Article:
First-time claims for U.S. unemployment benefits fell by more than expected in the week ended May 8th, according to a report released by the Labor Department on Thursday.
The report said initial jobless claims dipped to 473,000, a decrease of 34,000 from the previous week’s revised level of 507,000.
Economists had expected jobless claims to edge down to 490,000 from the 498,000 originally reported for the previous week.
With the bigger than expected decrease, jobless claims once again fell to their lowest level since hitting 256,000 in the week ended March 14, 2020.
The Labor Department said the less volatile four-week moving average also slid to a more than one-year low of 534,000, a decrease of 28,250 from the previous week’s revised average of 562,250.
Continuing claims, a reading on the number of people receiving ongoing unemployment assistance, also dropped by 45,000 to 3.655 million in the week ended May 1st.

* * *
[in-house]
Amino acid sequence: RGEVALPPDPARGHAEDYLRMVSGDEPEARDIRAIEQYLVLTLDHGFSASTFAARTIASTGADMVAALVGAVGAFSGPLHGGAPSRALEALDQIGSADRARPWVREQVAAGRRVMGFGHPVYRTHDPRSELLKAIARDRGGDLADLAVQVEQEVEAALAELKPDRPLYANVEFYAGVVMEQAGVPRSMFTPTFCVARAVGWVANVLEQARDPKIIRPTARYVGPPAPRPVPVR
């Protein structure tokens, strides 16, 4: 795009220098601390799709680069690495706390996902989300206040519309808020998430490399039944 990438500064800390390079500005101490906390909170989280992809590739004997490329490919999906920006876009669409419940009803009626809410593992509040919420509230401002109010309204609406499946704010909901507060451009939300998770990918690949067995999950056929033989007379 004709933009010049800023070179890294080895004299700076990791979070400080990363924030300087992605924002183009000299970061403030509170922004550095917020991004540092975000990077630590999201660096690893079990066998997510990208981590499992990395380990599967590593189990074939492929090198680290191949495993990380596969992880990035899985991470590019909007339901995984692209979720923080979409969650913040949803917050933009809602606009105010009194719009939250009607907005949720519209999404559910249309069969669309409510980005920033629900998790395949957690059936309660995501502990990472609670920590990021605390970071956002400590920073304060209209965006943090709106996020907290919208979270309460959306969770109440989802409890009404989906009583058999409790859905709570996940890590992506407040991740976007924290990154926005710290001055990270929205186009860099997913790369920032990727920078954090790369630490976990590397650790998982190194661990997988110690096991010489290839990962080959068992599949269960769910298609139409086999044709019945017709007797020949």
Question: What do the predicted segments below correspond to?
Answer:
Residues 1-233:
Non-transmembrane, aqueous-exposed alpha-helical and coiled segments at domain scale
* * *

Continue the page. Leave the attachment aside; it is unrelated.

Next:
The four-week moving average fell to 3,665,000, a decrease of 13,250 from the previous week’s revised average of 3,678,250.
Last Friday, the Labor Department released a separate report showing employment in the U.S. increased by far less than expected in the month of April.
The report said non-farm payroll employment rose by 266,000 jobs in April after surging by a downwardly revised 770,000 jobs in March.
Economists had expected employment to spike by 978,000 jobs compared to the jump of 916,000 jobs originally reported for the previous month.
The Labor Department said notable job gains in leisure and hospitality, other services, and local government education were partly offset by employment declines in temporary help services and couriers and messengers.
The report also showed the unemployment rate inched up to 6.1 percent in April from 6.0 percent in March. Economists had expected the unemployment rate to drop to 5.8 percent.
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